Sudan’s civil war raged from 1983 to 2005, killing lots and displacing lots more. Since January 2003, lots have also been killed in Darfur and lots more displaced.

Friday, November 03, 2006

Slow news day

New research confirms what we already thought, according to new research conducted by a university. The research examined research examined in national newspapers, and found 93.5% of it validates what everyone already knew, described by the report as “common sense”.

The report also suggested ways of curing diseases previously thought incurable, and discovered how to stop climate change without altering existing patterns of human behaviour, but these conclusions were deemed less newsworthy by our editor.

If the research is true, there could be far-reaching consequences for the future of research. Indeed, there will be those who claim that new ideas are a waste of time and taxpayers’ money, since the vast majority of what we already think is likely to be true.

Other universities were quick to query the research. “This report contradicts a long series of better reports which are better,” said a scientist/professor. “We strongly caution against ignoring research, at least until the matter has been more thoroughly explored.”

Thursday, November 02, 2006

Race boss agrees with racists

Race boss Trevor Phillips spoke out yesterday, calling Romanians and Bulgarians “dirty cheating thieving bastards”.

Phillips was particularly critical of thirteen year old Romanian girls, claiming they were stealing jobs from British prostitutes. He urged paedophiles to boycott the girls in favour of their British counterparts.

He also suggested Britain should bring back the death penalty for foreign criminals. He labelled double punishment – the process where foreign criminals are locked up before being deported to countries where their lives are in danger – as “a waste of British taxpayer’s money”, and suggested cutting out the middle man would be better for everyone.

Ordinary racists seized on Phillips’ comments, saying it was a victory for “common sense prejudice”. Mortgage consultant and mother of two Christine, 33, said “You can’t open the paper without seeing Bulgarian rapist this and Romanian murderer that. They’re not as bad as the darkies but we still don’t want them here.”

BNP leader Nick Griffin commented “There was a time in Britain where you couldn’t say something racist without being labelled a racist. I am glad that time is over.”

London Mayor Ken Livingstone criticised Phillips, saying he was worse than Hitler, Idi Amin, Stalin and Thatcher put together.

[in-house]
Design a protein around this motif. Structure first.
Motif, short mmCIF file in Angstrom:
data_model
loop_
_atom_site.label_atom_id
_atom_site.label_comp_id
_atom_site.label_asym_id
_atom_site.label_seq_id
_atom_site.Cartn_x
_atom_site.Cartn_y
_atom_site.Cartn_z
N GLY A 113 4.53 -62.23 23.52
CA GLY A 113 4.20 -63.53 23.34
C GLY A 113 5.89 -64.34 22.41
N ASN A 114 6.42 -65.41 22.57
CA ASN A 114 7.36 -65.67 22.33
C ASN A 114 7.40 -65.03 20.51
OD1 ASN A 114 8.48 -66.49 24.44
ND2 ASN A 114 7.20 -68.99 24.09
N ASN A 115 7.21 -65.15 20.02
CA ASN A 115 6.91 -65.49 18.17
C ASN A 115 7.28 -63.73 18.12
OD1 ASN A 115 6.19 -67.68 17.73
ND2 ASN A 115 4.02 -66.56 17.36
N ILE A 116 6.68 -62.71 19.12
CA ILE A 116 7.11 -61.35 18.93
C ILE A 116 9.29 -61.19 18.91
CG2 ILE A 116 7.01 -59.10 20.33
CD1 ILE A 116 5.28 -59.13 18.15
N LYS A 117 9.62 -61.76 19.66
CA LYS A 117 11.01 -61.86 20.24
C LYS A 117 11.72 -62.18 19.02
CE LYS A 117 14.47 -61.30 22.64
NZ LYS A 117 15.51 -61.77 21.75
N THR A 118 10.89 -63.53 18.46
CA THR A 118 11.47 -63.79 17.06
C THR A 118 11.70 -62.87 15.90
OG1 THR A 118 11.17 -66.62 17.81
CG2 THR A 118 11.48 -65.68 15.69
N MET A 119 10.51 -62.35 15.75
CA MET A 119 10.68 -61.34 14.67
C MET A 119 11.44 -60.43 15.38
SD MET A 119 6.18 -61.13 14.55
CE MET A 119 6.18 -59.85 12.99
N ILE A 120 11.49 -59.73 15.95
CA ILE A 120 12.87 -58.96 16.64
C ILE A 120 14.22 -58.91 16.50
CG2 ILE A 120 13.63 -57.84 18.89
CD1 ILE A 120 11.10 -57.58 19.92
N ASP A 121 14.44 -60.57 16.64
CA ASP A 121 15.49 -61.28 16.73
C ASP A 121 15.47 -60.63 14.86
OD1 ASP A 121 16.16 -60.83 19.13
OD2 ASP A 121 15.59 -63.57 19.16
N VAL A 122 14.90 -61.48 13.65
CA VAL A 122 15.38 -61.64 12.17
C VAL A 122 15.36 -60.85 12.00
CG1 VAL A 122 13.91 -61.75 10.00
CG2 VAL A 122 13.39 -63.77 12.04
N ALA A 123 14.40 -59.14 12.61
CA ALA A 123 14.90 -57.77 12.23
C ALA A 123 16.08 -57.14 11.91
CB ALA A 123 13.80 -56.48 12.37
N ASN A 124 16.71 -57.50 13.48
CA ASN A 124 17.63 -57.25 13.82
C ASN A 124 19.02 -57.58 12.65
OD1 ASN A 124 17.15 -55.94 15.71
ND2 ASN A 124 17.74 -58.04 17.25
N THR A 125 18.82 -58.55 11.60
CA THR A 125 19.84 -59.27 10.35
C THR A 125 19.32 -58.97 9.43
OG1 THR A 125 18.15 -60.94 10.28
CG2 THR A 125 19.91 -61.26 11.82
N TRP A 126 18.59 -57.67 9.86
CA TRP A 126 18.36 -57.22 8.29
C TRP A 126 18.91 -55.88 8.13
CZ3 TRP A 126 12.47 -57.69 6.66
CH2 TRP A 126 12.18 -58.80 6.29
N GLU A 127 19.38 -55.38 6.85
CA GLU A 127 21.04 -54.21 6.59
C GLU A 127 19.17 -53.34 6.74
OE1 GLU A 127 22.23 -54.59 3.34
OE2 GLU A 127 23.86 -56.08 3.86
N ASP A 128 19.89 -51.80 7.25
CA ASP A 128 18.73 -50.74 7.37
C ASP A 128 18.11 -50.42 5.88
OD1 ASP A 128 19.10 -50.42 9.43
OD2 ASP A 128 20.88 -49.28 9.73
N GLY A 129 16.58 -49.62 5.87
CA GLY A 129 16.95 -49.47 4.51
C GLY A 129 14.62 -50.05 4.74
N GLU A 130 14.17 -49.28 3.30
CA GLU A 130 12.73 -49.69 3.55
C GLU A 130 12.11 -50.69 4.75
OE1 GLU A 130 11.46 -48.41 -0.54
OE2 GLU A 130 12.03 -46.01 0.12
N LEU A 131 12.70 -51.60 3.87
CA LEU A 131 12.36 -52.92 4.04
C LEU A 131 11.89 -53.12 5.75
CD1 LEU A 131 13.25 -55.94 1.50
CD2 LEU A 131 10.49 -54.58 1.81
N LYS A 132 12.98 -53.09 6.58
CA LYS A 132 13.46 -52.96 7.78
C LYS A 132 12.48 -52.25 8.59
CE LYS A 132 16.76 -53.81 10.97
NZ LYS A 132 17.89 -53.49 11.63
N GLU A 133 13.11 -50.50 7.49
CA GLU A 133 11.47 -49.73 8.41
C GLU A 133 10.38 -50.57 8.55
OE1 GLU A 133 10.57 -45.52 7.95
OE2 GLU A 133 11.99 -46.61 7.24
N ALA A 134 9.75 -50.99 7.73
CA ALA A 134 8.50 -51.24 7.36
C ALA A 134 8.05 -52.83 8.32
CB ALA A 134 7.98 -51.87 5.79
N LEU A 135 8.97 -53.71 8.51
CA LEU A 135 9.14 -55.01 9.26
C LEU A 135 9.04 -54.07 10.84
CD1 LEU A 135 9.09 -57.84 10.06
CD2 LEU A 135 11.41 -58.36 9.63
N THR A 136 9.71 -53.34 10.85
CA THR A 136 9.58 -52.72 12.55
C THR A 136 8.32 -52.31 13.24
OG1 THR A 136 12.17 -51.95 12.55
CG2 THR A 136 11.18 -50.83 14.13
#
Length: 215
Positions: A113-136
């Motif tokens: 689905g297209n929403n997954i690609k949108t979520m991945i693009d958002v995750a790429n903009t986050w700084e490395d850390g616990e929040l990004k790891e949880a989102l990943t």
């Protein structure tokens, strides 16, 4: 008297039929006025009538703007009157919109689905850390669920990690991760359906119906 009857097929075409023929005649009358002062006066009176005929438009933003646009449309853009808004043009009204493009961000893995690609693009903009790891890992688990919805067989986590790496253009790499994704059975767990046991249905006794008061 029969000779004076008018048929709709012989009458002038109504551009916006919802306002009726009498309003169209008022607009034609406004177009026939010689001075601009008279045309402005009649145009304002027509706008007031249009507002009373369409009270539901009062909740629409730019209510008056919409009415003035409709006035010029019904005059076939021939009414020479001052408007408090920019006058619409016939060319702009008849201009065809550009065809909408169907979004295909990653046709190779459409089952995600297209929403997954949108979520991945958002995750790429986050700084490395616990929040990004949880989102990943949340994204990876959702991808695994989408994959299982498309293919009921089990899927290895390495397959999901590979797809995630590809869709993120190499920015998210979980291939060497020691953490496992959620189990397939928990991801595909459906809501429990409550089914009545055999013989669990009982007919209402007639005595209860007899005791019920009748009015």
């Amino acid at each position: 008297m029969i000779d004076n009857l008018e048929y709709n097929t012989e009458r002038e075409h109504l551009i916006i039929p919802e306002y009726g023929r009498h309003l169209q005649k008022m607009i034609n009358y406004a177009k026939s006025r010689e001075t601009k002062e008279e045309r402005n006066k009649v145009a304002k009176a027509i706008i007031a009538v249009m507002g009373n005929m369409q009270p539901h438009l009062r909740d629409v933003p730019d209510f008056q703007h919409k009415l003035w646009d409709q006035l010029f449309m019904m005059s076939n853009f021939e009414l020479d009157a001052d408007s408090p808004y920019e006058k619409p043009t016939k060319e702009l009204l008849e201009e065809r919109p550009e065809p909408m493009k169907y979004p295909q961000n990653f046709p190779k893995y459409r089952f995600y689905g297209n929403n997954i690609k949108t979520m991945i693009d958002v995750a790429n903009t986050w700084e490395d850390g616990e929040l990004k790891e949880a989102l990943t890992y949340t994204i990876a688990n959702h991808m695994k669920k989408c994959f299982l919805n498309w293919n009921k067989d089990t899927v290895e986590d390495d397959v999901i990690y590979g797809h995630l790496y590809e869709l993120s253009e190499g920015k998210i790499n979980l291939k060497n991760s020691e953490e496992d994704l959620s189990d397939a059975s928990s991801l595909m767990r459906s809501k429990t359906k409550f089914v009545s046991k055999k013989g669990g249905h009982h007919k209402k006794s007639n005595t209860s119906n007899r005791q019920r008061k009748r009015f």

Wednesday, November 01, 2006

Anti-war rebel: “Tax the poor”

“More needs to be done,” was the CBI’s verdict, as anti-war rebel John Denham revealed plans to introduce a “poor tax” to pay for cuts in business and income tax.

The CBI demanded reparations for “decades of inequality” where the rich have paid more tax than the poor. Reparations would “create new business opportunities for leaders with proven track records,” lied the millionaires.

“It’s unacceptable people are still poor in this day and age,” said Denham. He described the tax as a disincentive, and said the poor have a “moral responsibility” to become richer. The plans have won wide cross-party support. Lib Dem leader Menzies Campbell said “For too long, poverty has made middle-class people feel guilty. But now we have the environment to feel guilty about. The poor can go screw themselves.”

Awkward squad members John McDonnell and Jeremy Corbyn labelled the plans “Victorian”. But their remarks were derided by an up and coming junior minister who no one has heard of. “We have to help the poor to help themselves,” said the white middle-class male 40-something loyalist.

The Labour Party faces debts of over £20 million.

Tuesday, October 31, 2006

Blair refuses to declare ceasefire

Tony Blair faces mounting pressure to declare a ceasefire between Heather Mills and Sir Paul McCartney. Last night he ignored an influential cross-tabloid group of gossip columnists, who called for a parliamentary debate on the subject.

Relentless self-publicist David Cameron was quick to denounce Mr Blair. “Once again, the Prime Minister has shown he is out of touch with the concerns of tabloid editors,” he denounced, adding “He’s more interested in knife crime and childcare than the private lives of the rich and famous.”